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2,000 Games at one position.

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  • 2,000 Games at one position.

    Catcher: Five players in MLB History Have 2,000 games at catcher. Most Recent Jason Kendall - finished career with 2,025 games at catcher in 2010. SL. louis Cardinal, Yadier Molina (1,947 games at catcher) needs to play catcher in 53 games this season to become the sixth member of the 2,000 games at catcher club. Ivan Rodriguez with 2,427 games at catcher is the record holder.
    First Baseman: 20 Players have played 2,000 games as first basemen, but none are active. Active Leader; Albert Pujols with 1,902 Games at1B. Pujols' rank is #29 in this category.
    Second Baseman: 13 players have played 2,000 games at 2B. Active Player, Robinson Cano (New York Mets) is among those 13 who have played 2,000 games. Cano ranks 10th all-time in games played at 2B, with 2,124 games as a second baseman..
    Shortstop: There are 19 Players who have Played 2,000 games at Shortstop. None are active. Jimmy Rollins #6 in games at 2B with 2,227 games at that position is the most recent player to reach 2,000 games at SS. The active leader is Elvis Andrus with 1,599 games at SS. he ranks 50th in this category.
    Third Baseman: Recently retired Adrian Beltre played 2,749 games at third baseman. He finished at #2 in games at 3B (behind on/y Brooks Robinson 2,870 games at third).
    Evan Longoria (SF Giants) with 1,587 games at 3B is the active player leader.
    Outfielder: Nick Markakis (Braves) with 2,073 games in the outfield is the only active player to have played at least 2,.000 games in the outfield. He ranks at #46 in this category. Recent retirees include #16 Ichiro Suzuki, with 2,365 games in the outfield and Bobby Abreu, #38, with 2,138 games as an outfielder.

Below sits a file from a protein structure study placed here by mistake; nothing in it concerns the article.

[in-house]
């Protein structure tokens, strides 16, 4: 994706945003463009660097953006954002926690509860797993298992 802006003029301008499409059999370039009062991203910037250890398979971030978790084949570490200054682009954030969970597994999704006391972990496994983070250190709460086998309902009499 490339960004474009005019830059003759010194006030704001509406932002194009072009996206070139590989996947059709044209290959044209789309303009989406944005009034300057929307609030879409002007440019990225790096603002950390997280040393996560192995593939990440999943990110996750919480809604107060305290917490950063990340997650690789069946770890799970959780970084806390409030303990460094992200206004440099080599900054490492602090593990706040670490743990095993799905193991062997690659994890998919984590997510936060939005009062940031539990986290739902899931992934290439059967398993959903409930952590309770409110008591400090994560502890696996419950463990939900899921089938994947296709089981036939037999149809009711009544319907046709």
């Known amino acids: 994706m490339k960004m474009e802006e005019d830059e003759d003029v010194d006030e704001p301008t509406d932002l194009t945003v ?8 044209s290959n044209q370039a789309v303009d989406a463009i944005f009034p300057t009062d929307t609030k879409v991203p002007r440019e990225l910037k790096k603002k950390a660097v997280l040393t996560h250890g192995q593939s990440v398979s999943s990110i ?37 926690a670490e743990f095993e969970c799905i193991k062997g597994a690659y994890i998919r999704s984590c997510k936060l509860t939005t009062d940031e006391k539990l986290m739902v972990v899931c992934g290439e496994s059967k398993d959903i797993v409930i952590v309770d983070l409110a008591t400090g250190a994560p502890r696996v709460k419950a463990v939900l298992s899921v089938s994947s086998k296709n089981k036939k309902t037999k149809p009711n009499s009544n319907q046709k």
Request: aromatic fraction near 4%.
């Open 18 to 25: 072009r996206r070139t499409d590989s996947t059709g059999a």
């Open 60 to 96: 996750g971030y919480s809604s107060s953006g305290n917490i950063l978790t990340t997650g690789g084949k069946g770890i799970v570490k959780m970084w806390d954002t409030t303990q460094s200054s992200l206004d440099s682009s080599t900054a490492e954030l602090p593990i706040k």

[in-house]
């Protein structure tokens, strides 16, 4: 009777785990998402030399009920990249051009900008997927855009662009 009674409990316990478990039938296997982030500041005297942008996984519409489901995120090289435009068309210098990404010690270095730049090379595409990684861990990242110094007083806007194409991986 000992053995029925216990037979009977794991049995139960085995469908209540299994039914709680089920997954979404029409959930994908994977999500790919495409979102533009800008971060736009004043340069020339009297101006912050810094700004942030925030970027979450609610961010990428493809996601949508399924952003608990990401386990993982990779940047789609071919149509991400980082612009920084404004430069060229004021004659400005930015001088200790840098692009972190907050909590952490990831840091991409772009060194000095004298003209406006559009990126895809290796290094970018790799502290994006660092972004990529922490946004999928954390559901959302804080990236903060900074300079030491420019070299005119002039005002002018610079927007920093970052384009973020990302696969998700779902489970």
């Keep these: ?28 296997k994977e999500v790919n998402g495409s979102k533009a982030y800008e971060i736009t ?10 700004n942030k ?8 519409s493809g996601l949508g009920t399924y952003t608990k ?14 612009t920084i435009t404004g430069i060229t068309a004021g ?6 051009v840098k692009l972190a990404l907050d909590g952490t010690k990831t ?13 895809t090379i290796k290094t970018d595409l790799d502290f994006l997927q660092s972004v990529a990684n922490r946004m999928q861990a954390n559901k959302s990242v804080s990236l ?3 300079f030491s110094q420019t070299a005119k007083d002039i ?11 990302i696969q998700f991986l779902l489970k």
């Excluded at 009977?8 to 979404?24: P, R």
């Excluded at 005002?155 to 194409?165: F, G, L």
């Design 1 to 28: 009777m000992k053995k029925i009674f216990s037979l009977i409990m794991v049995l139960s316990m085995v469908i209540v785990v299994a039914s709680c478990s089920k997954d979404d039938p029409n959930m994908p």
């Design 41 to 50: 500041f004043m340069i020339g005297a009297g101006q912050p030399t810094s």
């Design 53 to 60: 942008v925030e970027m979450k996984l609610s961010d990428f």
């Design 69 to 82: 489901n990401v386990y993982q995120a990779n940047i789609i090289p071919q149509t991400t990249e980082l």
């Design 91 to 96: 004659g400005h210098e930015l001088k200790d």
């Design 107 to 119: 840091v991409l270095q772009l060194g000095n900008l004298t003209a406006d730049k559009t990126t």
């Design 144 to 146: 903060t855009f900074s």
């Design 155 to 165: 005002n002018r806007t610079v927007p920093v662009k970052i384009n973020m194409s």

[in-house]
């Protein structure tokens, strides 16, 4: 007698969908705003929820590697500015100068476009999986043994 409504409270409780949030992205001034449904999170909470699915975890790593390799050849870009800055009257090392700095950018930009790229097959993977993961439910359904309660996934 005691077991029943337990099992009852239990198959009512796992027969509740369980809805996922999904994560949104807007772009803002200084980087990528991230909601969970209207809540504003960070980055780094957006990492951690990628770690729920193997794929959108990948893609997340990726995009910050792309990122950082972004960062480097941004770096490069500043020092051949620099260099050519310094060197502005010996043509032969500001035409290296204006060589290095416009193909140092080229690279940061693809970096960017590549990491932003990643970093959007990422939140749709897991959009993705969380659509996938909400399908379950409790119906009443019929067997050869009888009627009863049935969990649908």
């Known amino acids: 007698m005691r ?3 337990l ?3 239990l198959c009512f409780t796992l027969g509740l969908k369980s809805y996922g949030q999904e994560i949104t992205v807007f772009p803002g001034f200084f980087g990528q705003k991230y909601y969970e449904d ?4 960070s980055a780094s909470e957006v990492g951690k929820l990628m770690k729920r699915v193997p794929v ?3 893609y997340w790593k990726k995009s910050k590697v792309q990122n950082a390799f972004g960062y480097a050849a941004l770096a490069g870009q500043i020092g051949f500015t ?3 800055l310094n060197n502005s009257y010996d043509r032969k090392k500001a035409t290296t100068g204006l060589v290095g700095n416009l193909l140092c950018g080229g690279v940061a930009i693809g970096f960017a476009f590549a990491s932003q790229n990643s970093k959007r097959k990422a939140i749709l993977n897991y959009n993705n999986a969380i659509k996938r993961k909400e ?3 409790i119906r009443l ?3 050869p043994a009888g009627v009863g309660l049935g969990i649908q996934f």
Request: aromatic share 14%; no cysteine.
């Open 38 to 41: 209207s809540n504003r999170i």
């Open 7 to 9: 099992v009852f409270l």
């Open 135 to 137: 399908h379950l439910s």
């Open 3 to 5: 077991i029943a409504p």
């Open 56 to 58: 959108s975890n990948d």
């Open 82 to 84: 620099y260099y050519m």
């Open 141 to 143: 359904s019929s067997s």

Last edited by 1954 Phils; 01-30-2020, 01:53 PM.

  • #2
    Originally posted by 1954 Phils View Post
    Outfielder: Nick Markakis (Braves) with 2,073 games in the outfield is the only active player to have played at least 2,.000 games in the outfield. He ranks at #46 in this category. Recent retirees include #16 Ichiro Suzuki, with 2,365 games in the outfield and Bobby Abreu, #38, with 2,138 games as an outfielder.
    At first it was quite shocking to me that only one active player has played 2,000 games in the outfield as 2,000 games is equivalent to only about 12.3 full seasons.

    But it turns out that only 50 outfielders have reached that milestone in the last 112 years, way fewer than I would have guessed.

    How many people would guess that Brett Butler and Jose Cruz played more games in the outfield than Mickey Mantle and Carl Yastrzemski?
    My top 10 players:

    1. Babe Ruth
    2. Barry Bonds
    3. Ty Cobb
    4. Ted Williams
    5. Willie Mays
    6. Alex Rodriguez
    7. Hank Aaron
    8. Honus Wagner
    9. Lou Gehrig
    10. Mickey Mantle

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    • #3
      Mick & Yaz both spent several seasons at first base, and Yaz also DHed quite a bit during his decline years. Butler & Cruz never left the outfield.

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      • #4
        Originally posted by GiambiJuice View Post